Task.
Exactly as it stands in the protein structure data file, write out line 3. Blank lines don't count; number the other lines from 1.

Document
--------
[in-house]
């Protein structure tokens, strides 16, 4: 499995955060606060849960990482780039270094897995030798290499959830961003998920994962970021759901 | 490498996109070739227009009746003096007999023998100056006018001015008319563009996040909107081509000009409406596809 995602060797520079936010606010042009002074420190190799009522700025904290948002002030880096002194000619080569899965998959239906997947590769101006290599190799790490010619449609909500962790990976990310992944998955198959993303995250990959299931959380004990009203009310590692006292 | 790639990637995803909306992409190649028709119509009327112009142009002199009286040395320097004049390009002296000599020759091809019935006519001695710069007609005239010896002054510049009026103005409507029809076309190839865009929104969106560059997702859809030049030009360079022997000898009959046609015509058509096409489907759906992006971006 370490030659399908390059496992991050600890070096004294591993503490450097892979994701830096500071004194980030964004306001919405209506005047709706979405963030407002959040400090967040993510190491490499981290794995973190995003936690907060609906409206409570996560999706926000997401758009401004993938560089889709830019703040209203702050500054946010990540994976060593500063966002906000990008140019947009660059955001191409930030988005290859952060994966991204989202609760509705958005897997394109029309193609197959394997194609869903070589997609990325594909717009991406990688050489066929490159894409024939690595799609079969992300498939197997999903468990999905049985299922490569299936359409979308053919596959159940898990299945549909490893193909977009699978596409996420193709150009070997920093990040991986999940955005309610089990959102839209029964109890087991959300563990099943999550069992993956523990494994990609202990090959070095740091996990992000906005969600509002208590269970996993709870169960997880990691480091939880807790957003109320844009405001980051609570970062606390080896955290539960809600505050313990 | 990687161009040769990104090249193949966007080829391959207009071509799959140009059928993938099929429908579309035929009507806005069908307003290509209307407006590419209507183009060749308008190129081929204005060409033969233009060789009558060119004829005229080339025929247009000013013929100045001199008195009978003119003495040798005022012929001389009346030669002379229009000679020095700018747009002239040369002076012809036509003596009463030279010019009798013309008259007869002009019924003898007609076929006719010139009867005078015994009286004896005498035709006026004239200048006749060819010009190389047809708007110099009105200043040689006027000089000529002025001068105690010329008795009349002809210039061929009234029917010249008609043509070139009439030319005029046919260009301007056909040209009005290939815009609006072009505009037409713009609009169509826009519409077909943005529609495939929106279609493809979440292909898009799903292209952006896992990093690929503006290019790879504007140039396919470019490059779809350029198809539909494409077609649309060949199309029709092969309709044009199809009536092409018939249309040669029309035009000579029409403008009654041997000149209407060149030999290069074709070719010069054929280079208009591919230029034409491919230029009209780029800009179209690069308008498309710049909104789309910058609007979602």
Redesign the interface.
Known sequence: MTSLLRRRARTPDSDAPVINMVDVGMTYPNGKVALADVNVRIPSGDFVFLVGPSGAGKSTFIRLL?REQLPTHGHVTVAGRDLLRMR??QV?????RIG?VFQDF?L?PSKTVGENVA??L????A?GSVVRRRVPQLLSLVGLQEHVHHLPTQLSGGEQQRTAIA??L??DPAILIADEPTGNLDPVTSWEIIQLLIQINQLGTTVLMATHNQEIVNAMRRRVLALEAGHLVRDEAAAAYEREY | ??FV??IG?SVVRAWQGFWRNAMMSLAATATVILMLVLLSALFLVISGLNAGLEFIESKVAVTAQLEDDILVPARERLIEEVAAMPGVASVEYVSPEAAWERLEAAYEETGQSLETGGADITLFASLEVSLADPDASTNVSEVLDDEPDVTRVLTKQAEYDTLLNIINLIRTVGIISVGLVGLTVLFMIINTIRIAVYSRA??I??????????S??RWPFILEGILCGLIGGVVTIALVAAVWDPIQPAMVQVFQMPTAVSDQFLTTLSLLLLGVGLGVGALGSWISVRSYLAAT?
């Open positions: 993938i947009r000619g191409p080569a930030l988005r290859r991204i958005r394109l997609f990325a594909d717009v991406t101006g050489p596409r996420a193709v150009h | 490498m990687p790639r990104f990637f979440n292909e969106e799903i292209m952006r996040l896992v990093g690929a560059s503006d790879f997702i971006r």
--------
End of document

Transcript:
Redesign the interface.